Medicinal Genomics is creating a new registry of cannabis strains on the Bitcoin blockchain, making the cannabis space exponentially more sophisticated.
A cannabis testing company is creating a new registry of cannabis strains on the Bitcoin blockchain, a move that would make the cannabis space exponentially more sophisticated as it enters the mainstream.
It all starts with Medicinal Genomics, a cannabis testing company – that is, a company that tests strains of cannabis so as to assist growers with certain details of the cultivation process.
Testing companies help fill a void that exists within the U.S.’s fledgling cannabis industry: Because of federal prohibition, there exists no standardized testing of cannabis strains that are cultivated and sold to consumers.
Among the variables with which testing companies are involved are helping growers adhere to certain state standards regarding pesticide use; avoiding certain nuisances to the cannabis plant.
Theses include pests and mold; assuring a certain level of cannabinoids with each strain; monitoring the potency of certain strains and products; and checking a given strain’s dosage levels for medical patients.
Now, Medicinal Genomics has taken the involvement of the cannabis testing company one step further: They are enabling their clients to register their given strains on the Bitcoin blockchain – described as “the public ledger of all transactions on the Bitcoin network.”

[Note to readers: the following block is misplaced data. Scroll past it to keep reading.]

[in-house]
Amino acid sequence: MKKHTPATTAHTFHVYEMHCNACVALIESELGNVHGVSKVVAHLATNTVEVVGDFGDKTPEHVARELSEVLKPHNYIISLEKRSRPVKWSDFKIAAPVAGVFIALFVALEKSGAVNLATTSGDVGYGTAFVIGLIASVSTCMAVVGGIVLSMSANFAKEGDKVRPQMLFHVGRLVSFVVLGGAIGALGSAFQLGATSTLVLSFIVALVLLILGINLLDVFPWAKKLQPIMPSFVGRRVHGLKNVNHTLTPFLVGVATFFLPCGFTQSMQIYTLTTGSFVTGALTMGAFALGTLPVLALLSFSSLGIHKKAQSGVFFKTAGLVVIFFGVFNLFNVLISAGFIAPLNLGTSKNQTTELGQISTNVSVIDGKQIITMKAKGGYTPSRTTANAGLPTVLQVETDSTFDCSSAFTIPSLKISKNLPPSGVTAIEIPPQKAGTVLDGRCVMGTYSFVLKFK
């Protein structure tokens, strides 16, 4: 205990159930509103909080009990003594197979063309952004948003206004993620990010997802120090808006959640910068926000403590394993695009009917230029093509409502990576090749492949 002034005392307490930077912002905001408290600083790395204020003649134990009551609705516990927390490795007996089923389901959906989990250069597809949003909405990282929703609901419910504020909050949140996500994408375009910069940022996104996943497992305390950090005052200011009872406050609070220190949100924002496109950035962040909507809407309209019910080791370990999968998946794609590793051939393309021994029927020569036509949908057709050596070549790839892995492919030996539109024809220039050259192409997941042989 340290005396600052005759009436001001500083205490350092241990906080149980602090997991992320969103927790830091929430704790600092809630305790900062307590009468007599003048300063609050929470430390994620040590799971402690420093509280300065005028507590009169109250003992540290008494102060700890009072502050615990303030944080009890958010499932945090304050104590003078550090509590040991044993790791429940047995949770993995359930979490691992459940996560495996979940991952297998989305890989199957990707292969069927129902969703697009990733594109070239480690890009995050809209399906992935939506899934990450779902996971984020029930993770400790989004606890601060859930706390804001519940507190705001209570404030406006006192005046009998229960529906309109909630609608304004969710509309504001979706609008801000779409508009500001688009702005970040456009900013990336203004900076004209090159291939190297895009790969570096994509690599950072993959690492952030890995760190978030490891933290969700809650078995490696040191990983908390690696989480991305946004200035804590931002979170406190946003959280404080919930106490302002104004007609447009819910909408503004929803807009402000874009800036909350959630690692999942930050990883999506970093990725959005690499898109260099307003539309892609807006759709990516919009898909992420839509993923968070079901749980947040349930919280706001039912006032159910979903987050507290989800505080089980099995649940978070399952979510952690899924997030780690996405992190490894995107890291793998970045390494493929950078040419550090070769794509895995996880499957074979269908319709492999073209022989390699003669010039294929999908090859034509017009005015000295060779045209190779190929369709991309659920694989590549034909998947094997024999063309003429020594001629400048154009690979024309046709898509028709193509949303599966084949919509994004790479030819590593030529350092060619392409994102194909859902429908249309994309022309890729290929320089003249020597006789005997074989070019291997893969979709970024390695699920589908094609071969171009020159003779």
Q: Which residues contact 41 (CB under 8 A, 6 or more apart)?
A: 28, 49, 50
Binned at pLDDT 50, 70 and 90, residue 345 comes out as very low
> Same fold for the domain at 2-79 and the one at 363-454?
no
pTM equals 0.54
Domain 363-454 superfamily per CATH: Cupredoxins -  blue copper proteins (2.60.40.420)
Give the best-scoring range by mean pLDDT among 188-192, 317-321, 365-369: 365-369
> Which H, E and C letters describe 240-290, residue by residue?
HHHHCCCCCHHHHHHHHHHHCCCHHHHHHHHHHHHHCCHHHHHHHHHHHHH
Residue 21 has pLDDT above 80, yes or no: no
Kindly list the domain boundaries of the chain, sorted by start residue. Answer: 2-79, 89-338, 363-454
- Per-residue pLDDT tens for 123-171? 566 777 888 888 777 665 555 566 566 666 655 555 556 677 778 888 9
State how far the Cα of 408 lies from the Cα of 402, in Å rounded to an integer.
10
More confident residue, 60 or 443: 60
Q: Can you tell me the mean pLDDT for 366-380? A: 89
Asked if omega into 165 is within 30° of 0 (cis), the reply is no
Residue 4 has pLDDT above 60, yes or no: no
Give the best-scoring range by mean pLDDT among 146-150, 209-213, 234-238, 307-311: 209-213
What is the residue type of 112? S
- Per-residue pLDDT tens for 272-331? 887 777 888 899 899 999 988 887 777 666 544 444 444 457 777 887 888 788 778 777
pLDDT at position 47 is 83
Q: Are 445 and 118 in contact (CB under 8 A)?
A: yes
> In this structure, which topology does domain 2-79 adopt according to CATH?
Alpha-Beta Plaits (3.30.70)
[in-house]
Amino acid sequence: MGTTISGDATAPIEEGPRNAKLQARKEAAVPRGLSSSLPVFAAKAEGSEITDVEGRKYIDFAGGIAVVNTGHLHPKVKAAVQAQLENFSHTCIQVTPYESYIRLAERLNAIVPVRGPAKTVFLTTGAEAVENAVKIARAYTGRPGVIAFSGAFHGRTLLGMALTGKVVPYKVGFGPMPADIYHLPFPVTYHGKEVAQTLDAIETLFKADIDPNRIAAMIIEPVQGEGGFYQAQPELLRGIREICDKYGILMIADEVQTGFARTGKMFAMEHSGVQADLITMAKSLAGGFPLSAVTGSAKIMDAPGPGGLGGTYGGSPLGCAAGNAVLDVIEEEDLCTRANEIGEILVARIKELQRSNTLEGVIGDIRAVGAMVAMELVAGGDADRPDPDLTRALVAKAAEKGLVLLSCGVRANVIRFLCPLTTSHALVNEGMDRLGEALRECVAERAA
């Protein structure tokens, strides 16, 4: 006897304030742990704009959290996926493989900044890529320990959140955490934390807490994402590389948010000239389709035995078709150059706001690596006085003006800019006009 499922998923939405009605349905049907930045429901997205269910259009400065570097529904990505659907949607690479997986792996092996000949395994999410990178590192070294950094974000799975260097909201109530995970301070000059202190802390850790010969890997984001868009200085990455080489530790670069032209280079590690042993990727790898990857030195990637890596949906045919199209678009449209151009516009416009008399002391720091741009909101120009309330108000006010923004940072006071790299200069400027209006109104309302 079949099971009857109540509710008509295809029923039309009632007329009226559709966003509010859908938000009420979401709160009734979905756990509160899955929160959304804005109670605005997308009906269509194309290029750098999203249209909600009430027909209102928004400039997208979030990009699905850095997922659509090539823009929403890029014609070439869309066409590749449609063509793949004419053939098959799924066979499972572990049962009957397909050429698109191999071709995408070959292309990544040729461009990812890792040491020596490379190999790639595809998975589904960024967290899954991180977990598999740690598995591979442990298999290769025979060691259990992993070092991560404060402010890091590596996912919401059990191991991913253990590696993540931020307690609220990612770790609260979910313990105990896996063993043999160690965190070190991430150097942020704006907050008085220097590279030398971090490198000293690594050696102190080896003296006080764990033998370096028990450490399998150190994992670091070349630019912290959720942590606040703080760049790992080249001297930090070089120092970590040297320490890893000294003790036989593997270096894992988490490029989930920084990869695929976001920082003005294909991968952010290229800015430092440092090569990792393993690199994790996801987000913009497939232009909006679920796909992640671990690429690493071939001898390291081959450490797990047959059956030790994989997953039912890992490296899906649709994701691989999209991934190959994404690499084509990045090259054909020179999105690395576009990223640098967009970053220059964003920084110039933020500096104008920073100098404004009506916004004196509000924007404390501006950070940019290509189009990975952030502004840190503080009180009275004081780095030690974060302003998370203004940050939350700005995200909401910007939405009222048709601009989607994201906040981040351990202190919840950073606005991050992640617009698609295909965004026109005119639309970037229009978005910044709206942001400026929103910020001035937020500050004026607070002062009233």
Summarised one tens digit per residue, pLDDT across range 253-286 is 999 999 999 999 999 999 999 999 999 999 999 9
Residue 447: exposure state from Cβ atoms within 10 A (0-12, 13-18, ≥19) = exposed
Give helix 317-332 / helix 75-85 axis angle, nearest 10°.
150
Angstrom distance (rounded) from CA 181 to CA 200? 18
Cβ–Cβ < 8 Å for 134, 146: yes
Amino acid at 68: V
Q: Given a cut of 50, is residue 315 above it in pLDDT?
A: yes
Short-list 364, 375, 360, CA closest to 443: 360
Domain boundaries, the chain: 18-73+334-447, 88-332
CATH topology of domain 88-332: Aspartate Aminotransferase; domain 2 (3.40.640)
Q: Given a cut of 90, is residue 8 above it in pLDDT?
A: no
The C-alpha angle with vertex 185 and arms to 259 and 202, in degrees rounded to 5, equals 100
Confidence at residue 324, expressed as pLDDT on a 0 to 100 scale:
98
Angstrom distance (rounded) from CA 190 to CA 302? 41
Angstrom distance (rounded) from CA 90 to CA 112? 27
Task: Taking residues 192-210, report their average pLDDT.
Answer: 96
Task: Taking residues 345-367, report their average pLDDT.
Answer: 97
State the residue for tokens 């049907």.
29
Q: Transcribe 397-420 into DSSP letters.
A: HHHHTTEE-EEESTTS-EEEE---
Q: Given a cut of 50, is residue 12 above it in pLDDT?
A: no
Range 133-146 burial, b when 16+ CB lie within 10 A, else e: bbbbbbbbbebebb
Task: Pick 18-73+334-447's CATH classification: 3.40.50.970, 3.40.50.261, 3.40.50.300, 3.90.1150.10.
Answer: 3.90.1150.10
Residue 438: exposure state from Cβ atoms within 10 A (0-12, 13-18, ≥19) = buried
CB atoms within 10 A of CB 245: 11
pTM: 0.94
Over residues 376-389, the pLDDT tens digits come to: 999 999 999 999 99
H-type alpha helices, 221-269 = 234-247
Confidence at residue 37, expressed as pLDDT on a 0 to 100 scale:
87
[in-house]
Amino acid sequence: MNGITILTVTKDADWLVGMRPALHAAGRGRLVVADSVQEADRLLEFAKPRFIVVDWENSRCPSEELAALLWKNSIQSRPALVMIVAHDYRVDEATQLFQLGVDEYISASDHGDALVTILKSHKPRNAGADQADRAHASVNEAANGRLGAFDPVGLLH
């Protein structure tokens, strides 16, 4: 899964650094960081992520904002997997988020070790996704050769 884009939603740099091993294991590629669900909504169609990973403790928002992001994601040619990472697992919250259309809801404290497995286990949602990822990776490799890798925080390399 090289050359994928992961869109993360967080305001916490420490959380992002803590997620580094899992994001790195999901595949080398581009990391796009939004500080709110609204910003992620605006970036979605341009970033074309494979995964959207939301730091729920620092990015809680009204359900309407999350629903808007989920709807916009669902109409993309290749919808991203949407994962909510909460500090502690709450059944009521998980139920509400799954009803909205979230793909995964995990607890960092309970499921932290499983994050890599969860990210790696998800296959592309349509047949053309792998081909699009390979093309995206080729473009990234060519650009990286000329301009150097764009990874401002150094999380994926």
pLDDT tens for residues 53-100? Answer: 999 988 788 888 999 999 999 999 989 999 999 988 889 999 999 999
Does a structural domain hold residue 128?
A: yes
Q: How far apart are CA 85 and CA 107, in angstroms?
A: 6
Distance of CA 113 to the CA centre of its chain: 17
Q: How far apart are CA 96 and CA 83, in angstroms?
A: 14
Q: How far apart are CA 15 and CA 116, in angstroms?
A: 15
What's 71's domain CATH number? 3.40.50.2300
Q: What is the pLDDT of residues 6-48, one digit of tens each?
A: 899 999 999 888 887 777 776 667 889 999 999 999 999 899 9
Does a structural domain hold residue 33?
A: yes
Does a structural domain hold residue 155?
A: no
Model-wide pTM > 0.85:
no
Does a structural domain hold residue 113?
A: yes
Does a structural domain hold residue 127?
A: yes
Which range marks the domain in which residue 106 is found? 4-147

In short, the answer is that getting on the blockchain will provide reference and guidance to entrepreneurs and cannabis enthusiasts looking to establish their own cannabis strains.
For a fee of $600, Medicinal Genomics essentially tests cannabis strains in order to determine and store on the blockchain each strain’s genome. The process enables individual growers to establish timestamped intellectual property rights for individual strains.
This potentially shields them from legal conflicts that may arise with other growers who have filed for a patent with the U.S. Patent Office.
Medicinal Genomics’ chief science officer, Kevin McKernan, has stressed the value of integrating the company’s blockchain into Bitcoins rather than trying to go it alone by creating a blockchain on their own.
The Bitcoin blockchain has been going since 2009 and its security is in its proof of work… If you’re dealing with customers’ intellectual property and you’re putting it in some side chain that you’re supporting, if your network goes down and you don’t manage that well, then you’ve let them all down.
Medicinal Genomics has already registered roughly 1000 cannabis strains within Bitcoin’s blockchain, taking pains to ensure that the origins of given strains are recorded and kept.
For consumers, Medicinal Genomics’ decision has the potential to be a game-changer. Instead of having to speculate about the authenticity of a given strain, consumers and patients alike will be able to verify through the Bitcoin blockchain whether the substance they are being sold adheres to the strain’s initial registration within Medical Genomics’ Bitcoin repository.